* My definition of macroevolution is genus-genus evolution or evolution above the level of genus.

And you are wrong --- by definition of the terms as used in the science of evolution by the scientists doing the work.

(1) A species is defined as a population of organisms capable of interbreeding, while a genera is defined as a group of species that do not interbreed, one species population with another. These species are related by having a common parent population.

(2) Evolution only occurs within a breeding population -- a species, or a part (subset) of a species that may be isolated from the rest of the species population/s.

This is how science defines the terms, and your misuse of the terms is wrong and only demonstrates ignorance and unwillingness to learn the topic you think you are discussing.

(1) The process of evolution involves changes in the composition of hereditary traits, and changes to the frequency of their distributions within breeding populations from generation to generation, in response to ecological challenges and opportunities for growth, development, survival and reproductive success in changing or different habitats.

This is sometimes called microevolution, however this is the process through which all species evolve and all evolution occurs at the breeding population level.

If we look at the continued effects of evolution over many generations, the accumulation of changes from generation to generation may become sufficient for individuals to develop combinations of traits that are observably different from the ancestral parent population.

(2) The process of lineal change within species is sometimes called phyletic speciation, or anagenesis.

This is also sometimes called arbitrary speciation in that the place to draw the line between linearly evolved genealogical populations is subjective, and because the definition of species in general is tentative and sometimes arbitrary.

(3) The process of divergent speciation, or cladogenesis, involves the division of a parent population into two or more reproductively isolated daughter populations, which then are free to (micro) evolve independently of each other.

The reduction or loss of interbreeding (gene flow, sharing of mutations) between the sub-populations results in different evolutionary responses within the separated sub-populations, each then responds independently to their different ecological challenges and opportunities, and this leads to divergence of hereditary traits between the subpopulations and the frequency of their distributions within the sub-populations.

Over generations phyletic change occurs in these populations, the responses to different ecologies accumulate into differences between the hereditary traits available within each of the daughter populations, and when these differences have reached a critical level, such that interbreeding no longer occurs, then the formation of new species is deemed to have occurred. After this has occurred each daughter population microevolves independently of the other/s. These are often called speciation events because the development of species is not arbitrary in this process.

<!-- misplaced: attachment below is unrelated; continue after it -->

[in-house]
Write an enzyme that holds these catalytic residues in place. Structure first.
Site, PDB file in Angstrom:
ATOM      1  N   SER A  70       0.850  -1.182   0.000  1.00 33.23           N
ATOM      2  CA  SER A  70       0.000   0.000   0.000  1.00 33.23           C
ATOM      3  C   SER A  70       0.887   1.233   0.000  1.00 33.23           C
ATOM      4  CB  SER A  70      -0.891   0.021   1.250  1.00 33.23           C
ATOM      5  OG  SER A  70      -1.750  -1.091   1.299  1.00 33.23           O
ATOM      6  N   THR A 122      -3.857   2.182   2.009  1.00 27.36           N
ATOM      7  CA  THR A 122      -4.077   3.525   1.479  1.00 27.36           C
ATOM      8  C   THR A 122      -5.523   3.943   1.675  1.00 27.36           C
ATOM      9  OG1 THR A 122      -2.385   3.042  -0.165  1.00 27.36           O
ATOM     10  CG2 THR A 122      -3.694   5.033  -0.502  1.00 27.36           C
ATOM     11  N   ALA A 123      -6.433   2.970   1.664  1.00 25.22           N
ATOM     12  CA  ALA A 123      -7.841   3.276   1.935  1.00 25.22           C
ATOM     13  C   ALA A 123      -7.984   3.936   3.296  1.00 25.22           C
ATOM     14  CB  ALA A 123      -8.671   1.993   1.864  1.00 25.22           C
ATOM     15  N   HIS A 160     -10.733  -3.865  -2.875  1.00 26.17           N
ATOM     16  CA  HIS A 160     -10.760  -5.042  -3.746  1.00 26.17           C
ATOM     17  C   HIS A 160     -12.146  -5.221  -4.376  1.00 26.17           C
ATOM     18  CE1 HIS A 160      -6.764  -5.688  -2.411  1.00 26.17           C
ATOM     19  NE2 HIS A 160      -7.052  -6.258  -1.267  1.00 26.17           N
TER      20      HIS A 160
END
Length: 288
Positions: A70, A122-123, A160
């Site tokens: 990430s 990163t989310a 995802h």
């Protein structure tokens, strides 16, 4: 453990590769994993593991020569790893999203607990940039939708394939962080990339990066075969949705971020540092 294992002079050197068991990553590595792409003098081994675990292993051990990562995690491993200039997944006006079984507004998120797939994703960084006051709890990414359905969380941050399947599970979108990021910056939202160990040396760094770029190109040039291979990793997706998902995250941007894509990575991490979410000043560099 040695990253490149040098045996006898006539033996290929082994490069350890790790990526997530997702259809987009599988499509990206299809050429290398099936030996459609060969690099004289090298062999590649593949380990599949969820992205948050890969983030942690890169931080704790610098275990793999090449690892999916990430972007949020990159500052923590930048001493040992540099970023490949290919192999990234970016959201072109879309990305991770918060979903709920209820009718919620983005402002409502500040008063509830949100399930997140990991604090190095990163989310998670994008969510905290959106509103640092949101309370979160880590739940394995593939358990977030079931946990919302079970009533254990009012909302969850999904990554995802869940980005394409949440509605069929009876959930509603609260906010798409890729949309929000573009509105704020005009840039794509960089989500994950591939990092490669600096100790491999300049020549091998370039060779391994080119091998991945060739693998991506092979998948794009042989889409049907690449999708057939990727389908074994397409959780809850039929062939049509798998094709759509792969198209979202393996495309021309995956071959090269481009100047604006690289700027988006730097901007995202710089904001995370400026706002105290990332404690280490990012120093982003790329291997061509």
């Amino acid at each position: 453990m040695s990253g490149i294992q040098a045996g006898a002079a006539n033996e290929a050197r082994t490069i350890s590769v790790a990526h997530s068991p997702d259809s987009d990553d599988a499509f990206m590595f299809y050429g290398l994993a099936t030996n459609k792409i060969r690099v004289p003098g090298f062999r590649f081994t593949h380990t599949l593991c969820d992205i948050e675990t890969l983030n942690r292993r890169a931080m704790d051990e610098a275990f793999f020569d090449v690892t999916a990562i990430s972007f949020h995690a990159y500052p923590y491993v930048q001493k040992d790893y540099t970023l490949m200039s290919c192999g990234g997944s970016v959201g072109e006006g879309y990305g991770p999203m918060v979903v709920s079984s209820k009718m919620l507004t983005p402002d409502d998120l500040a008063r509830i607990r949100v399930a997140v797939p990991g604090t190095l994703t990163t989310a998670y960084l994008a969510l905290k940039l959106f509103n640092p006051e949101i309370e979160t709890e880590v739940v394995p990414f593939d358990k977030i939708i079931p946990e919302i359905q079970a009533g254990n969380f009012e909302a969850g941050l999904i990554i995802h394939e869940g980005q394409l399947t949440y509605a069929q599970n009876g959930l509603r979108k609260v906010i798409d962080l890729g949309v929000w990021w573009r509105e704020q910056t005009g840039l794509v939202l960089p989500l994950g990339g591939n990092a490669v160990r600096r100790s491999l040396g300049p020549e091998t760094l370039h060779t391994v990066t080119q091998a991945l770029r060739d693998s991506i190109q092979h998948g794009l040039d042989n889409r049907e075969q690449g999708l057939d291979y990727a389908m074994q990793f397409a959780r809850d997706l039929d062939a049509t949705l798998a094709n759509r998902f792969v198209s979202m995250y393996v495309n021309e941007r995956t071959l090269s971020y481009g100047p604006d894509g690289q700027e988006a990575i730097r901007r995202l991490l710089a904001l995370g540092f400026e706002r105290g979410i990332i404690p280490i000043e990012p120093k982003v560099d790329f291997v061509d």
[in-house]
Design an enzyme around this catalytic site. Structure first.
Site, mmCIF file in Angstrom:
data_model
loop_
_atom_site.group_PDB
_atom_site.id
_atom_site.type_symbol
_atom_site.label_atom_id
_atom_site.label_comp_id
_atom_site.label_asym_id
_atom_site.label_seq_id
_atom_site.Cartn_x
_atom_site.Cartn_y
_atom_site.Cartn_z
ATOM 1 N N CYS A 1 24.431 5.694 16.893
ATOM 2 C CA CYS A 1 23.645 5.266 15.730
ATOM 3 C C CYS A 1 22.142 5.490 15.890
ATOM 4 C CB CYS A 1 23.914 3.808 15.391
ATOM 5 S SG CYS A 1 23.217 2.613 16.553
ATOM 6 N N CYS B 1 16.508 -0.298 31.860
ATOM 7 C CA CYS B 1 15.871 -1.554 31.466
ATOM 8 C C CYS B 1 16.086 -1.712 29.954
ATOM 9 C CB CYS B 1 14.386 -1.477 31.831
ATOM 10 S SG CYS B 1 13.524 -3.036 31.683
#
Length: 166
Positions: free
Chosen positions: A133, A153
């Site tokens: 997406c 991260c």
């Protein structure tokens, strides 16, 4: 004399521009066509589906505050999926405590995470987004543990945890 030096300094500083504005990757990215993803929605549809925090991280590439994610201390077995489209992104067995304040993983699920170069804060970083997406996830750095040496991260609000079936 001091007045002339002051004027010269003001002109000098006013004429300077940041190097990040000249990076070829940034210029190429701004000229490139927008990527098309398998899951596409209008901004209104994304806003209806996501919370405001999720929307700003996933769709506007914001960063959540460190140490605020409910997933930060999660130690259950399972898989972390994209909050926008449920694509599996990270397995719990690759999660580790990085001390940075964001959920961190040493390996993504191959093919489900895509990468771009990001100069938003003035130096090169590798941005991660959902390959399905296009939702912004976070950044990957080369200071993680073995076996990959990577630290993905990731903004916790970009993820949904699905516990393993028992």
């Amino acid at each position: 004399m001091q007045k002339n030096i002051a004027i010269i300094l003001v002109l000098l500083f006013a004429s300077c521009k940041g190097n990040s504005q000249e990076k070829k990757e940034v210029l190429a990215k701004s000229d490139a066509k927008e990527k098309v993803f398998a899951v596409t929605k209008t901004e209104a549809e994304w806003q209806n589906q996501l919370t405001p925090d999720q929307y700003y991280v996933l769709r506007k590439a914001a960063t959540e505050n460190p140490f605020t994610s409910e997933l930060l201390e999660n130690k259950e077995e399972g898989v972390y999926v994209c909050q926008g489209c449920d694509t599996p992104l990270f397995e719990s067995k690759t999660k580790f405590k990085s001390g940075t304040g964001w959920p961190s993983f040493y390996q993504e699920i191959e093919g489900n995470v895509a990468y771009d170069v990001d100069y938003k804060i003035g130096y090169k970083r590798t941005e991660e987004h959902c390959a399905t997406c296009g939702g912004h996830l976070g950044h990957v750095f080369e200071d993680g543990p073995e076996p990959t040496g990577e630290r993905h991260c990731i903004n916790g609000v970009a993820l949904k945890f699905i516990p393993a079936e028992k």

If we looked at each branch linearly, while ignoring the sister population, they would show anagenesis (accumulation of evolutionary changes over many generations), and this shows that the same basic processes of evolution within breeding populations are involved in each branch.

The process of forming a nested hierarchy by descent of new species from common ancestor populations, via the combination of anagenesis and cladogenesis, and resulting in an increase in the diversity of life, is sometimes called macroevolution. This is often confusing, because there is no additional mechanism of evolution involved, rather this is just the result of looking at evolution over many generations and different ecologies.

Again, this is how the terms are used in the science of evolution by the scientists doing the work.

If you want to discuss any field of science, you need to learn the definitions of the terminology as used in the field and then use them correctly.

Enjoy


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This message is a reply to:
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Replies to this message:
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Stile
Member
Posts: 3873
From: Ontario, Canada
Joined: 12-02-2004
Member Rating: 2.7


Message 262 of 1384 (849901)
03-25-2019 8:48 AM
Reply to: Message 248 by Dredge
03-24-2019 3:48 AM


Dredge, with clarifying bracket added by me writes:

All these items involve no more (than?) observable, demonstrable FACTS. Please point out the evolutionary theory you are claiming, as I can't see any.

As the quote states, the theory is "Schematic representation of how antibiotic resistance evolves via natural selection."
Followed by the facts that support this explanation.

That's what theories are - explanations of "demonstrable FACTS," so of course the facts are involved.

Btw, what I mean by "evolutionary theory" is what I consider macroevolution* or the theory of evolution - ie, that all life on earth evolved from LUCA via a process of natural selection.